• Yes, I’m sure FB can be frustrating. It’s not really true friendship, just… you know a way to “see” people and glimpse into the life they show.

  4. A lovely and interesting perspective – I actually feel the exact opposite. I keep in touch with one friend from high school, and the rest have gone their separate ways and I’m okay with that. In fact, although I’m on Facebook I’ve actually ignored requests from very old friends, because I just think it’s weird that they could know stuff about my current personal life. I’d be interested to hear a little blurb about them, maybe – but not to start up a new friendship, I don’t think.

    • It’s interesting to see another perspective. To be honest, I think I’m mostly curious, I don’t really hope to start up the friendship again because so much has changed.

  5. I’m feeling the same. Funny but thanks to my bai jia bei project some very old friends found me and I confirm : they are doing fine and will be happy to send us a wish !

  6. That’s tough.
    Sometimes I think losing contact with people (which in many ways is a natural part of life) is one of the great tragedies we experience. Truly, tragic. Life is just too short. Yet, somehow losing contact happens anyway.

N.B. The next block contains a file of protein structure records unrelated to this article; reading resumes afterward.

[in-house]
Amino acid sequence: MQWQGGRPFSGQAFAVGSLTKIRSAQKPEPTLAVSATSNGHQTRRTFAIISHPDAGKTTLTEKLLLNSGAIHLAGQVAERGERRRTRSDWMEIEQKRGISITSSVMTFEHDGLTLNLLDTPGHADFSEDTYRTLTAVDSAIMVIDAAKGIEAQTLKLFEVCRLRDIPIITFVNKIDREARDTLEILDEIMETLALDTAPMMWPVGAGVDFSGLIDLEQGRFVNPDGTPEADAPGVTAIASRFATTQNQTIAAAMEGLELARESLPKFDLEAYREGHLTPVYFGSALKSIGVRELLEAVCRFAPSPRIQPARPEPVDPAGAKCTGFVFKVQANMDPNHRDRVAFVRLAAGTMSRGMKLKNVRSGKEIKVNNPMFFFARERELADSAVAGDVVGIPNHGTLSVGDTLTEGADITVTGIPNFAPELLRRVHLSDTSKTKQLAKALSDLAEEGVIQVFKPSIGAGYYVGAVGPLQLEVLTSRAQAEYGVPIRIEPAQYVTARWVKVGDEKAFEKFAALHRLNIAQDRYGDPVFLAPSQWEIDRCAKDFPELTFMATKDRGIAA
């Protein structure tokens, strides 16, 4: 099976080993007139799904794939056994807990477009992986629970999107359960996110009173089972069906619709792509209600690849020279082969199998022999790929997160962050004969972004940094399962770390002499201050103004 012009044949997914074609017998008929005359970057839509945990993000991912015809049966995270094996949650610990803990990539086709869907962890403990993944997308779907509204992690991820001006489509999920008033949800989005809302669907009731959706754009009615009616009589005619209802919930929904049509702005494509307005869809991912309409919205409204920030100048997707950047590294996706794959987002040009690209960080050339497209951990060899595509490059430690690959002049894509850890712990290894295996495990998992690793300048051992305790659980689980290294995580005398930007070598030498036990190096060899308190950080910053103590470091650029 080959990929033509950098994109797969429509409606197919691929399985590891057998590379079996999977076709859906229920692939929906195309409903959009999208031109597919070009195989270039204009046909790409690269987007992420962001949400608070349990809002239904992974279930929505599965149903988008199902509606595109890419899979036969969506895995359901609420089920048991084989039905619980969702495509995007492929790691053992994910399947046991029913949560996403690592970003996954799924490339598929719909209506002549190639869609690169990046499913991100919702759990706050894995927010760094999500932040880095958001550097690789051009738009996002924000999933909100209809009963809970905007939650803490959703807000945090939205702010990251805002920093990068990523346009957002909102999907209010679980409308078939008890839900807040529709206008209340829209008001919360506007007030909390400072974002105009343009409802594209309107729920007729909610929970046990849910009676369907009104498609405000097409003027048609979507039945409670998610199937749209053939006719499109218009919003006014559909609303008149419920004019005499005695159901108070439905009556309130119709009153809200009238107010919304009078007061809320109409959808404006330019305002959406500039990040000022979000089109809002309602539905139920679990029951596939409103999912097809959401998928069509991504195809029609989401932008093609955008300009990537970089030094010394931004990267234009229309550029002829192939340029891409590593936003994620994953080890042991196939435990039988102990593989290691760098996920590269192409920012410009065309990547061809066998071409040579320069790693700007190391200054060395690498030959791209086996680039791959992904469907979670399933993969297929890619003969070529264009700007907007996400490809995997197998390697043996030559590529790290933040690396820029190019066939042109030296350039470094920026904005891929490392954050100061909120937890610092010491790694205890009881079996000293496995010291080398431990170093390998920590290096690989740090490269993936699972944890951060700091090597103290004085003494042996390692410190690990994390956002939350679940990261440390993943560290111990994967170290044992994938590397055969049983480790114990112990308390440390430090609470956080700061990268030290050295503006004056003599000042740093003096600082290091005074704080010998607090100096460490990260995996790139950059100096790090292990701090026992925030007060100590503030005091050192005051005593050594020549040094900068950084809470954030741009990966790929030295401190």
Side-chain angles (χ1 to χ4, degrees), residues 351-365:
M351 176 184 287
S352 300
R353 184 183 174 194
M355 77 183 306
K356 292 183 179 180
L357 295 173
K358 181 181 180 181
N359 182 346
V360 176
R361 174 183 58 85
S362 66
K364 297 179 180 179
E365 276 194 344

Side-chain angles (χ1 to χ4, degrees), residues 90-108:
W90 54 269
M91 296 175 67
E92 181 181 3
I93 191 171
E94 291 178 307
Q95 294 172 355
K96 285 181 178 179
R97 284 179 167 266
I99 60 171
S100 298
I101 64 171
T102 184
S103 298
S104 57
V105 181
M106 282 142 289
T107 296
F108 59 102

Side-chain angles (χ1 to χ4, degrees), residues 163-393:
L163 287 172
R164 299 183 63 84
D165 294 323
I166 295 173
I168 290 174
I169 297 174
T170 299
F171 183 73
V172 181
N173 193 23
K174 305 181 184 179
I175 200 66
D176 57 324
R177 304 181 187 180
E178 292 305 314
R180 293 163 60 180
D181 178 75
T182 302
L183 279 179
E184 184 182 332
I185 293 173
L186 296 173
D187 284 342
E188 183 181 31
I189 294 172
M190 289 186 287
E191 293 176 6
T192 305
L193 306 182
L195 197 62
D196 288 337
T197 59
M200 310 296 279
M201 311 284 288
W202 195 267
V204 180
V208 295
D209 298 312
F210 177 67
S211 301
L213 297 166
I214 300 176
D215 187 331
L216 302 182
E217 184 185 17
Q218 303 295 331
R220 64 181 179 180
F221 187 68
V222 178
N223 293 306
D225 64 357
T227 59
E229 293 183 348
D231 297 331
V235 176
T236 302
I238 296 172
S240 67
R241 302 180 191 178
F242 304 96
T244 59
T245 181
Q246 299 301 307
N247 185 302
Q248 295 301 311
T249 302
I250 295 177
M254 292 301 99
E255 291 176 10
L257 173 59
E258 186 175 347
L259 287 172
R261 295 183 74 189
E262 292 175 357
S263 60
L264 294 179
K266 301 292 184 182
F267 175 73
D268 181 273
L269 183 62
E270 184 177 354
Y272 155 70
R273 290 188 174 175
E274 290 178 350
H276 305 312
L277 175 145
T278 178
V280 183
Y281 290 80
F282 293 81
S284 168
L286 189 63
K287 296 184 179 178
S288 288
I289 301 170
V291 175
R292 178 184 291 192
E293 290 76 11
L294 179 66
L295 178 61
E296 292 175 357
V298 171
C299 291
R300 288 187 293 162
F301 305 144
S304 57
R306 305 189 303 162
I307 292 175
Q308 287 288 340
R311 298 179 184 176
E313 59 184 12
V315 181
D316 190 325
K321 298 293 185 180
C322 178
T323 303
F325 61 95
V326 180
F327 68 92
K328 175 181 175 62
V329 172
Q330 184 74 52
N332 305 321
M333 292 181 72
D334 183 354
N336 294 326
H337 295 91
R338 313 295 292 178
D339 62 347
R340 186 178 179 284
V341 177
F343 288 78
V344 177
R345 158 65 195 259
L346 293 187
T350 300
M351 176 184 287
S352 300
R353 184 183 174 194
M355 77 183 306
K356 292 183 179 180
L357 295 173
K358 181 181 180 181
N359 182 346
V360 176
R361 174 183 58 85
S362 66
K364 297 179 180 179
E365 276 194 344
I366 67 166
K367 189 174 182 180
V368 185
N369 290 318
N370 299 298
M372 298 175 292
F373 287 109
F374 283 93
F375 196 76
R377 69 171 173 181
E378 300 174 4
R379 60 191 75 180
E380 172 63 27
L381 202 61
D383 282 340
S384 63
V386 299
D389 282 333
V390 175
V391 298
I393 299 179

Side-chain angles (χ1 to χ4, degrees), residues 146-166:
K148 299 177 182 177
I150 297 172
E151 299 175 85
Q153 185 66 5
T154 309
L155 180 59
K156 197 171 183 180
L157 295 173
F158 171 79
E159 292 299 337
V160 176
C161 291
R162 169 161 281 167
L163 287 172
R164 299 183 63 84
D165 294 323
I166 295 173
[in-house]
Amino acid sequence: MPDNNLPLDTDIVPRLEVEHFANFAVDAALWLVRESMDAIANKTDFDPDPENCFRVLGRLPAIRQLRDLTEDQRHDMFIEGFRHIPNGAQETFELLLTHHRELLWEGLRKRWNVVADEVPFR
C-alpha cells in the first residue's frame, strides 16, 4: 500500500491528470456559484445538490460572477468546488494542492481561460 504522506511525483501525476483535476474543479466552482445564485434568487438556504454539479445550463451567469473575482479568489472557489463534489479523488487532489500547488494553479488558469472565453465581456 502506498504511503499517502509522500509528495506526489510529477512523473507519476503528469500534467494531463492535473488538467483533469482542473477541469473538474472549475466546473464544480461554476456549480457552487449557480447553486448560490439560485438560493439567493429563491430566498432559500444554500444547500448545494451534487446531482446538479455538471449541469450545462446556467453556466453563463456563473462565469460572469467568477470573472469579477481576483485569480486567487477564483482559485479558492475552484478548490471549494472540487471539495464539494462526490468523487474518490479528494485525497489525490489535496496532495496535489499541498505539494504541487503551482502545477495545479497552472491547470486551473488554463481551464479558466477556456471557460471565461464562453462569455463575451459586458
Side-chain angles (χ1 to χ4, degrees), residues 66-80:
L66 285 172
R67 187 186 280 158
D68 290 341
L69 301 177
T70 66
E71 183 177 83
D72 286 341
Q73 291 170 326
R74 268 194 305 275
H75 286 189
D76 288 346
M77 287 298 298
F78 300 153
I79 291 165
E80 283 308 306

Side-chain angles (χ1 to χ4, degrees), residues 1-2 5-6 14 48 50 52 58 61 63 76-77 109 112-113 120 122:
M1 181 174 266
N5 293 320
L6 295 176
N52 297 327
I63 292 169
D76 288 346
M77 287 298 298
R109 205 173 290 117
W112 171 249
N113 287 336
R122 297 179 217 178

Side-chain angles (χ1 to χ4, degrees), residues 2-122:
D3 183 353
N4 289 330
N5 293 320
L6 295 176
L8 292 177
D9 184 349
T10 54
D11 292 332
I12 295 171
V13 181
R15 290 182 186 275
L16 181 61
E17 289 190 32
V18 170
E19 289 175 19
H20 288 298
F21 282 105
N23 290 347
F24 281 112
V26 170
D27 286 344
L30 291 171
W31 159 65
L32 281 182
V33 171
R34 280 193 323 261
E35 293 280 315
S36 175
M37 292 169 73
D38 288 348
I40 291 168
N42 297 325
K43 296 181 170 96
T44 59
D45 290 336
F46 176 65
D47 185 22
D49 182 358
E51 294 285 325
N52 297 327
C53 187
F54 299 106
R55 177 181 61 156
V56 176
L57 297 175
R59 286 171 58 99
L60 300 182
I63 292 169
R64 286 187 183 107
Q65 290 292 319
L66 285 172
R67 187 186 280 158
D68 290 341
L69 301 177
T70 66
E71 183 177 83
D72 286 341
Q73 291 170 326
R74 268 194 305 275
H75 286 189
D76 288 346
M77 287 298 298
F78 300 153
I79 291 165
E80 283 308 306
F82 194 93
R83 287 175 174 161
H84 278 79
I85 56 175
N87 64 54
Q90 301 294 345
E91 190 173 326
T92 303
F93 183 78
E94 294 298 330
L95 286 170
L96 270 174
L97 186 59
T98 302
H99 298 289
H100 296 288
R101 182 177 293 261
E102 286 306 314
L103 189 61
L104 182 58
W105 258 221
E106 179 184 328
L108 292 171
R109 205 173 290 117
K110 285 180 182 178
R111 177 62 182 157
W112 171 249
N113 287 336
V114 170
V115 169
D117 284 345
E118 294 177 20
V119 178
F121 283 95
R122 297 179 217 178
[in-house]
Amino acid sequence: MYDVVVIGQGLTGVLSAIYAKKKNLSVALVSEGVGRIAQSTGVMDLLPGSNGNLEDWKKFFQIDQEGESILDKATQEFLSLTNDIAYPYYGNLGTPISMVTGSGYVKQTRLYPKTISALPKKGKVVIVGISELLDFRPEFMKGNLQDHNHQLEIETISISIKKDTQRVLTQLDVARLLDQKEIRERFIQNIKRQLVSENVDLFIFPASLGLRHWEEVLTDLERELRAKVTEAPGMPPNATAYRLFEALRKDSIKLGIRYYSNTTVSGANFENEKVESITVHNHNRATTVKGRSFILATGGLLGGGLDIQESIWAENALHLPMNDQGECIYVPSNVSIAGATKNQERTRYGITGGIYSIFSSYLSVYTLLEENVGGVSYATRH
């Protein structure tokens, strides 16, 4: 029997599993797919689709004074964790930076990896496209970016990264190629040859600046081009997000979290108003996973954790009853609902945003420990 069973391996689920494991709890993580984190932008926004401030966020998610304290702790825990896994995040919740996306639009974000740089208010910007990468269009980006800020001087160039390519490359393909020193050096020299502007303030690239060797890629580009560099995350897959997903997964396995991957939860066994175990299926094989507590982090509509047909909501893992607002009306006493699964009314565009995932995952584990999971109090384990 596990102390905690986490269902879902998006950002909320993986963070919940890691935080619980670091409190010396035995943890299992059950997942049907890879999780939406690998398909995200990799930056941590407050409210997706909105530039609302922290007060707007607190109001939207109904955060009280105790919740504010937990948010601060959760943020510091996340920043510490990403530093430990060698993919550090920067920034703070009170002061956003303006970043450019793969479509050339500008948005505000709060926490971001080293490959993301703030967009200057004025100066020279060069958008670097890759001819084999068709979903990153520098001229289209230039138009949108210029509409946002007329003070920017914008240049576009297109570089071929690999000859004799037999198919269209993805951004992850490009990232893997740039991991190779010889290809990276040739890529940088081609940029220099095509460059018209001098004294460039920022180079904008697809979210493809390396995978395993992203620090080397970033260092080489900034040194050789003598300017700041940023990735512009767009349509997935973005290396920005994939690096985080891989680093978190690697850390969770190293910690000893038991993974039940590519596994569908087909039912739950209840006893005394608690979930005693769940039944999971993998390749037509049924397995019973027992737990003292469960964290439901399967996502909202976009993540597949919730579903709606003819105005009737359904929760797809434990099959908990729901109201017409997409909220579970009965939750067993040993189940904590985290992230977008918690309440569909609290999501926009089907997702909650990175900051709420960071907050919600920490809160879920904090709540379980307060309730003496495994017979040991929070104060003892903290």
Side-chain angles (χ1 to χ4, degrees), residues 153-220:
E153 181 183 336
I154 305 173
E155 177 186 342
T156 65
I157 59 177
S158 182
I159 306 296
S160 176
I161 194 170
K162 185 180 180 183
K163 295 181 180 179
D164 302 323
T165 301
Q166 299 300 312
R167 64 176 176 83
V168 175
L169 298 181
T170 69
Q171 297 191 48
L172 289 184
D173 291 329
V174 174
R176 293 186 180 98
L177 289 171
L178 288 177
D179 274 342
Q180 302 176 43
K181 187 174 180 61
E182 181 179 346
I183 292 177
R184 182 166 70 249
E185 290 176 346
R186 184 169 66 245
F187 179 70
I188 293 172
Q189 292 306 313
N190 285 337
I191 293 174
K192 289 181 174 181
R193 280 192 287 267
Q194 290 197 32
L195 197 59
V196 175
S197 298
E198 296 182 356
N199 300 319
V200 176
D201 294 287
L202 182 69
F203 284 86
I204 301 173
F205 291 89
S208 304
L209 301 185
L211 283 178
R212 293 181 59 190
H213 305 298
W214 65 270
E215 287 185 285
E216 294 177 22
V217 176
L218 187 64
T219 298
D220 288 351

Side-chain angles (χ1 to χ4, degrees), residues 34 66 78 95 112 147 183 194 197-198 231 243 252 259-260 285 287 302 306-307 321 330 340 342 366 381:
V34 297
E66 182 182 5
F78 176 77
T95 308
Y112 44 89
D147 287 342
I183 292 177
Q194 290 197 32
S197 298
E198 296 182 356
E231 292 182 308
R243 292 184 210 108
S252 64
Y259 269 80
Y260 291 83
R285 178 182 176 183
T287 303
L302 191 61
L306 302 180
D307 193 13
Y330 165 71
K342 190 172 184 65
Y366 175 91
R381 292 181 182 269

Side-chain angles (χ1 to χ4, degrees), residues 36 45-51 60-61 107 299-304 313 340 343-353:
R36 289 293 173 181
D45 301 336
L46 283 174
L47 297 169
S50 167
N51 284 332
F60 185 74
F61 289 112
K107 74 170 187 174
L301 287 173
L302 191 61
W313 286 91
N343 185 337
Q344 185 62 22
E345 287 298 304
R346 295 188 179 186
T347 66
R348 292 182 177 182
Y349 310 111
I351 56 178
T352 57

7. Tu sauras qui on

    Chère Juliette,
    La vie est parfois étrangement faite… je passe sur ton blog tous les 6 mois, comme ça, histoire de savoir où vous en êtes.
    Récemment, je suis revenue après les attentats de Charlie Hebdo pour voir si tu avais une note sur ce journal qui a tant contribué à notre éducation. J’ai pensé à toi pendant ce mois de janvier et à nos débats politiques sur les unes auxquelles nous avions échappées.
    Et là, cette nuit tout particulièrement, à 2h45, à l’occasion d’une insomnie, je reviens sur ton blog et tombe sur cette note.
    J’espère pouvoir t’expliquer le “cette nuit particulièrement” très vite… et il devrait valoir le détour.
    Cela étant, je me permets de te rassurer. Nous avons tous eu des trajectoires quelque peu différentes et je ne pense pas que la distance géographique soit prépondérante dans cet “éloignement”.
    Au lendemain du bac, un éventail de possibles s’offre à nous et on y répond sans nostalgie ou crainte.
    Finalement, ce qui compte, c’est de se souvenir et de se croiser, à l’occasion d’une coïncidence ou d’une note postée.
    Bises,
    F.
    PS : tu as pris un coup de vieux sur ta photo de profil !

    • Chère je-sais-qui-surtout-au-style-de-l’écriture,

      Tu fais évidemment partie des gens que je suis, de loin, sans trop m’approcher parce qu’évidemment, je ne suis pas là et ça serait bizarre voire malvenu de m’immiscer. Mais tu es là. Tu as peut-être raison (ou p’tête pas, hein, je ne vais pas NON PLUS te donner toujours raison), ce n’est pas forcément dû à l’éloignement géographique. C’est sûr qu’on a pris différents chemins… j’en reviens toujours pas de l’assurance avec laquelle tu es devenue mère, j’étais sciée. Épatée. T’as mené ta barque avec la conviction que tu affichais à 18 ans, mais chez toi c’était pas qu’une façade.

      Du coup, je vais me demander le pourquoi du comment de la nuit…

      Pour Charlie Hebdo, on étions en Argentine, je suis l’affaire sur les médias locaux et même si mon niveau d’espagnol est meilleure qu’avec la “Senora Jimenez”, pour le coup, la distance a joué. En fait j’en reviens toujours pas.